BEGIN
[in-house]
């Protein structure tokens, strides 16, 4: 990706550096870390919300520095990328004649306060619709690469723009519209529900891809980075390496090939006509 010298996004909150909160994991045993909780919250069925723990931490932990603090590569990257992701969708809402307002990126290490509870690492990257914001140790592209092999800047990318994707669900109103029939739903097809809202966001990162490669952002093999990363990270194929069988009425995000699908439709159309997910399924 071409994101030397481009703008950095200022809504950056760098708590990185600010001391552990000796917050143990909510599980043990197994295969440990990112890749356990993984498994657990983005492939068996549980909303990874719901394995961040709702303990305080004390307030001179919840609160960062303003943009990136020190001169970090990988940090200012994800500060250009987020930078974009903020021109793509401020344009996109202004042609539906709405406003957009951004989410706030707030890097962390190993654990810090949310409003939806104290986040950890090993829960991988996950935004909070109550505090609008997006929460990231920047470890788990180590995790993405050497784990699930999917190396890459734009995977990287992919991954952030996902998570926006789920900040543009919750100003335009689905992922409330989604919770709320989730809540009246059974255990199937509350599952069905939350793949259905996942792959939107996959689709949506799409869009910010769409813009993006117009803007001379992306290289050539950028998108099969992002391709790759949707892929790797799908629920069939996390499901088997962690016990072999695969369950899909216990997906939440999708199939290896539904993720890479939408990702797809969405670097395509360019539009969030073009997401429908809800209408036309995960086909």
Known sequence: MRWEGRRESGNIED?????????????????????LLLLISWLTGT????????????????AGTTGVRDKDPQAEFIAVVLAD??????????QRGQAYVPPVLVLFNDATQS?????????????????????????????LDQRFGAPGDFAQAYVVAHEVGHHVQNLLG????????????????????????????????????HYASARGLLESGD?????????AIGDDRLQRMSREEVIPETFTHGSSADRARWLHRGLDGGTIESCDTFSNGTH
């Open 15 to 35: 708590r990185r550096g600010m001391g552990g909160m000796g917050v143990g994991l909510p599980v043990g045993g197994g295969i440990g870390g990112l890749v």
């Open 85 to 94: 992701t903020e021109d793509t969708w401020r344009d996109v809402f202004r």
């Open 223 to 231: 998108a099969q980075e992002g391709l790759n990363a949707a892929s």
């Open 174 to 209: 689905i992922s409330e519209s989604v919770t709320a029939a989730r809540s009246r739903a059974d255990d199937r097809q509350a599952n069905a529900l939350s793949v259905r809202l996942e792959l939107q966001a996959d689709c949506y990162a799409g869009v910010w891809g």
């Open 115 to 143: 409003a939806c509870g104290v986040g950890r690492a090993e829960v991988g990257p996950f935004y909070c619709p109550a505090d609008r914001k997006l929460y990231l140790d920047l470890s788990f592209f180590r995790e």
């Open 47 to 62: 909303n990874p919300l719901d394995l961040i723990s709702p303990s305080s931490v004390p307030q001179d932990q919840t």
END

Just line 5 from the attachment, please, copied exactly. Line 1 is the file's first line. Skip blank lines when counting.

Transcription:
């Open 85 to 94: 992701t903020e021109d793509t969708w401020r344009d996109v809402f202004r």